6 Jan    The moon rises about 2 hours before sunset. Low in the east at dusk, the first star to appear is magnitude 0.2 Capella, 2 fist-widths to the moon’s upper left. Next is magnitude 0.6 Betelgeuse, 1½ fist-widths to the lower right near the horizon. Aldebaran is next, appearing 1 fist-width to the moon’s upper right.

7 Jan    Straddled by Orion to the right and Gemini to the lower left, the moon rises a little more than 1 hour before sunset. Later tonight look just above the horizon for magnitude 0.5 Procyon, 2½ fist-widths below the moon.

USPS Star Calendar for 3-9 July 26 June 2011

Posted by amedalen in July 2011.
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3 Jul    At dusk, magnitude -0.3 Mercury is 1.5 fist-widths to the moon’s right, and Regulus is the same distance to the upper left.

4 Jul    Earth is at aphelion, its farthest distance from the sun, 1.01674 astronomical units or a little more than 152 million kilometers away, which is nearly 5 million kilometers farther than at perihelion on 3 Jan. Regulus is 3 finger-widths to the moon’s upper right tonight. Ten percent of the moon’s surface is illuminated.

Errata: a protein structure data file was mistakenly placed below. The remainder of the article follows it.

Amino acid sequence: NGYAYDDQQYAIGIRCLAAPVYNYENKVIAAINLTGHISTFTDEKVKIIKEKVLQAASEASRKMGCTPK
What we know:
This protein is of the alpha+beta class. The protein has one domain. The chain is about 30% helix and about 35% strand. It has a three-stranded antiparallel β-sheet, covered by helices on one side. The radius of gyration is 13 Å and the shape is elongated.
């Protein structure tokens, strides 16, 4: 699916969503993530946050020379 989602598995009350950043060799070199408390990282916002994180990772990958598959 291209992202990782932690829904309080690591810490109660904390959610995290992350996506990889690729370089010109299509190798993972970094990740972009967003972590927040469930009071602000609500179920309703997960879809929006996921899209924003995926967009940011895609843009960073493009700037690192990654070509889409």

5 Jul    Regulus is 1.5 fist-widths to the moon’s right tonight.

7 Jul    Tonight the moon forms a triangle with Saturn and Spica. Saturn is less than 1 fist-width to the moon’s upper right, and Spica is about 1 fist-width to the upper left. The moon is at perigee, 57.94 Earth-radii or about 370,000 kilometers away. A little more than one-third of the moon’s surface is illuminated.

8 Jul    Spica is 2 finger-widths to the moon’s upper right this evening. First-quarter moon at 0629 UT